Averaging Parts Pricing

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    By Jim Knapp

    Jim K

    Flat rate pricing has a lot of things going for it.  It has become the standard in most service industries from cars to dentists to our own service trades.  There are a number of reasons why:

    • It makes a service business more profitable by standardizing and averaging pricing
    • It allows the customer to see and approve pricing before the repair is completed
    • It increases billable hours and makes watching the clock less important. 

    Most of us have gotten used to the idea that the labor time built into a flat rate repair is a reflection of the “average” amount of time it takes to complete a task, not of the actual time needed.  If the technician is less experienced and takes longer, no harm done. And if the technician is an “old hand” and finishes early, that’s a benefit for the bottom line. Either way the customer gets an appropriate value for the price that was quoted. 

    Giving the customer an appropriate value by averaging also applies to part costing.   That is, if the part cost included in a repair is a little higher or a little lower than the actual part cost, it isn’t a concern.  There are a few good reasons for thinking of it this way:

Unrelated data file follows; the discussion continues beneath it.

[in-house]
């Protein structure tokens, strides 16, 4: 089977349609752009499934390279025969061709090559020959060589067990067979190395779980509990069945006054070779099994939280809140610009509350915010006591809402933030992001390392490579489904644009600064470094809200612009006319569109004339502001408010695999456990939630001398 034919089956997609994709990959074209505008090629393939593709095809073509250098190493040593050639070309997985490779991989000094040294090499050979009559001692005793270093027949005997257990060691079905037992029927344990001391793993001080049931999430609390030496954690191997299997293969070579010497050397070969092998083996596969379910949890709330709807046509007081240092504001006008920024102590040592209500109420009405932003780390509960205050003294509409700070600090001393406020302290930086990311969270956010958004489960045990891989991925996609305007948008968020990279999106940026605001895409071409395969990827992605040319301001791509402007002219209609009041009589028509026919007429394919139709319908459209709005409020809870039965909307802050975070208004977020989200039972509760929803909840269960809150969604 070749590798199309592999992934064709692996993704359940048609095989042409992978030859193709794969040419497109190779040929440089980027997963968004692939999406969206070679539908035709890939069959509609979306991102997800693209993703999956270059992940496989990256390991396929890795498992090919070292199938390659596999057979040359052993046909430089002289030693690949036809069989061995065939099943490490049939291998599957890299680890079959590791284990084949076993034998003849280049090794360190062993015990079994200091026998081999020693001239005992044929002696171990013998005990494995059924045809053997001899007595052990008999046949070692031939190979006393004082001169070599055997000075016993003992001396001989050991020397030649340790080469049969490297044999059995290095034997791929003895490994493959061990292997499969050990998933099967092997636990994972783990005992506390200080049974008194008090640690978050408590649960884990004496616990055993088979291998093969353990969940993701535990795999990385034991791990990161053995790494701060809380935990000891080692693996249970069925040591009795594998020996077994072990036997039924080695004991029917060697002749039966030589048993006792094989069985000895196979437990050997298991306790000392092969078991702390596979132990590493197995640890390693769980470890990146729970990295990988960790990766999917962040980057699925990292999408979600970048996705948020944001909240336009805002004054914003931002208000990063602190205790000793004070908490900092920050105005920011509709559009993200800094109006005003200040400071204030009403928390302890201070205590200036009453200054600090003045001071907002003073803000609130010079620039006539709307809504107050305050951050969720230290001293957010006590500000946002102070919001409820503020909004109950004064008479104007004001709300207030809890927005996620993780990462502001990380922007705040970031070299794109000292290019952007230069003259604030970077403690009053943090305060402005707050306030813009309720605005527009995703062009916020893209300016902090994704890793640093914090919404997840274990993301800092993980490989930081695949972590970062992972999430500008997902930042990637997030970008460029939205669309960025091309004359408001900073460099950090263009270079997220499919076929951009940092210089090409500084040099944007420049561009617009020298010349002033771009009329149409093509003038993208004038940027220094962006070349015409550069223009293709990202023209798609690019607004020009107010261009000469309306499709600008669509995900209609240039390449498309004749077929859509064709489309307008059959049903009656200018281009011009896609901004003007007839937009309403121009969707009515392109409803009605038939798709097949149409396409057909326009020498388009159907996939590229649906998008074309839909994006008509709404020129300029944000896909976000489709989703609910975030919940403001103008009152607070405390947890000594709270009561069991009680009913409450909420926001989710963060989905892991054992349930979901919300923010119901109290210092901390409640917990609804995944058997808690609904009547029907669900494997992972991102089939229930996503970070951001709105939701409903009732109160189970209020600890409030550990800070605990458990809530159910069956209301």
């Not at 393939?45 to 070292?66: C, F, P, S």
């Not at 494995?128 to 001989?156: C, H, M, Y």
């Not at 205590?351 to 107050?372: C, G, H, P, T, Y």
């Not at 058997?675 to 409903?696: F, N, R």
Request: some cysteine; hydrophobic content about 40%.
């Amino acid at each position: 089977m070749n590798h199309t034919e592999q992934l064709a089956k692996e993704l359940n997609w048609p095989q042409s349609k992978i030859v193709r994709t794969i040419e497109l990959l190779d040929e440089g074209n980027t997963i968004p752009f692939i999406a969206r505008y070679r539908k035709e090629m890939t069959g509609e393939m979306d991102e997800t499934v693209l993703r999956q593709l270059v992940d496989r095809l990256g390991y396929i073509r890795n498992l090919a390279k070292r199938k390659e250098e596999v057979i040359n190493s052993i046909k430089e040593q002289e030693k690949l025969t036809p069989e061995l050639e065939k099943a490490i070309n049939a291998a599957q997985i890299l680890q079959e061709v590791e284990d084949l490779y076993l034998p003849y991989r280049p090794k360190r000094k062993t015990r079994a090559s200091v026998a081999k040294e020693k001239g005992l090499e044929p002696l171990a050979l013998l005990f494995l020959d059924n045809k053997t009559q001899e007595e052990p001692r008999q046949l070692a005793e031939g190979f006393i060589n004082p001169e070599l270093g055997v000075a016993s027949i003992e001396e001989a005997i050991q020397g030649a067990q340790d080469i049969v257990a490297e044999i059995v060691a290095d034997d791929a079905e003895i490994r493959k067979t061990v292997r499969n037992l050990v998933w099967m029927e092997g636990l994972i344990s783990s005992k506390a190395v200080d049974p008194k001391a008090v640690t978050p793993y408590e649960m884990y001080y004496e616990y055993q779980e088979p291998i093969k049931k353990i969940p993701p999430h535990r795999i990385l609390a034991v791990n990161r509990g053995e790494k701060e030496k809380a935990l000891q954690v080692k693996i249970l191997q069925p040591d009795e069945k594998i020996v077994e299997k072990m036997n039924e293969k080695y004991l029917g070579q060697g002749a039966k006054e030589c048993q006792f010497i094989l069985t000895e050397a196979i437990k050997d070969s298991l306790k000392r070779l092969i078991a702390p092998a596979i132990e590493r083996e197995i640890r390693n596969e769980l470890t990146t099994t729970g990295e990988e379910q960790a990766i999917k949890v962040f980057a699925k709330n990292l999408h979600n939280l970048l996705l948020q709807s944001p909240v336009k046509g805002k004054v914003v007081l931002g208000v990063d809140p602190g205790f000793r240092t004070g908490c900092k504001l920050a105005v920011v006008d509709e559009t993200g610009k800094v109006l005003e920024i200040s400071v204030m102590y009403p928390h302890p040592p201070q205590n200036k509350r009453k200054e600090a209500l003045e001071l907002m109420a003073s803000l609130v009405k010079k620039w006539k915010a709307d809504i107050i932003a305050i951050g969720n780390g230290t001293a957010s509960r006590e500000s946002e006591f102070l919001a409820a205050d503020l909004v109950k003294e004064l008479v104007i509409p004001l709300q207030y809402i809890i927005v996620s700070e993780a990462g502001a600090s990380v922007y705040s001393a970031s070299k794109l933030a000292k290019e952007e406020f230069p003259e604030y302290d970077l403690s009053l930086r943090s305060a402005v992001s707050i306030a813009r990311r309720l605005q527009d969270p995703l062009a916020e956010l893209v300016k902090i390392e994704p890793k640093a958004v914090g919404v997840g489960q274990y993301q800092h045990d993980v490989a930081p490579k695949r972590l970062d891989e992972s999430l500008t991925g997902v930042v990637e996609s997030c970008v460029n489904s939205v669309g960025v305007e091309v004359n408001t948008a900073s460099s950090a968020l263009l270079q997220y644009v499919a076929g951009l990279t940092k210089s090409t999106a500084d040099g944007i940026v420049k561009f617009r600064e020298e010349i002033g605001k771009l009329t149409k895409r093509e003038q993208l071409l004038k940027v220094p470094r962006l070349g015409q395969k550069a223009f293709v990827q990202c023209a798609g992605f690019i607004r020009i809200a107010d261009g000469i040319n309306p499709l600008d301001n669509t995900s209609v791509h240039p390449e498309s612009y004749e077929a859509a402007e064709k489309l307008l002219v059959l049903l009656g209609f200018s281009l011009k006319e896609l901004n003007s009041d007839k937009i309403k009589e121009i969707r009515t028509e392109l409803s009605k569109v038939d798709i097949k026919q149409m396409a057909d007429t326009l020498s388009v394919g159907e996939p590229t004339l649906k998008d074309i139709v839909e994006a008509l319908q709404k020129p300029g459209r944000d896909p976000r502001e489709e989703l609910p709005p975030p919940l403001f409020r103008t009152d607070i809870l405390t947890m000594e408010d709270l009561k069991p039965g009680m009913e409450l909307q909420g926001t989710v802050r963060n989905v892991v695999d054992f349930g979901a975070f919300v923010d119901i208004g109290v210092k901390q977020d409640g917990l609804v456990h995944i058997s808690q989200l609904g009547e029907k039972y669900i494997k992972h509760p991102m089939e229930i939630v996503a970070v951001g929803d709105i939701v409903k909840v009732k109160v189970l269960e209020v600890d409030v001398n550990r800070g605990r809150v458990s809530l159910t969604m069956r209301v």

1. Time is saved by not having to find a cost and build a price.  That time not spent calling the office or a supply house for pricing means less confusion, less wasted time and more focus on what is important - giving the customer the service they need.
    2. Coolfront’s prices are based on single “one-off” purchases of parts.  If you buy more cheaply than the averaged pricing because you buy in quantity, are a smart buyer, or because of the years you’ve spent developing strong relations with your suppliers, then those savings should benefit your bottom line.
    3. If you are paying a higher price than the average it often doesn’t make much of a difference in the final flat rate price.  For example: 

    It wouldn’t be unusual for there to be a $20 difference in the price of a blower motor depending on where you bought it.  In this example, it only makes a 6% difference in the customer’s final price.

    jknapp1

    When the part cost is low, even a 100% difference in the cost makes very little difference.  In this example a 100% difference in the part cost of a contactor only makes a 10% difference in what the customer pays.

    jknapp2

     Whether it’s labor time or part cost, small fluctuations don’t matter as much as giving your customer a flat fee before the work is done so they can understand what’s involved and how much it will be.

     

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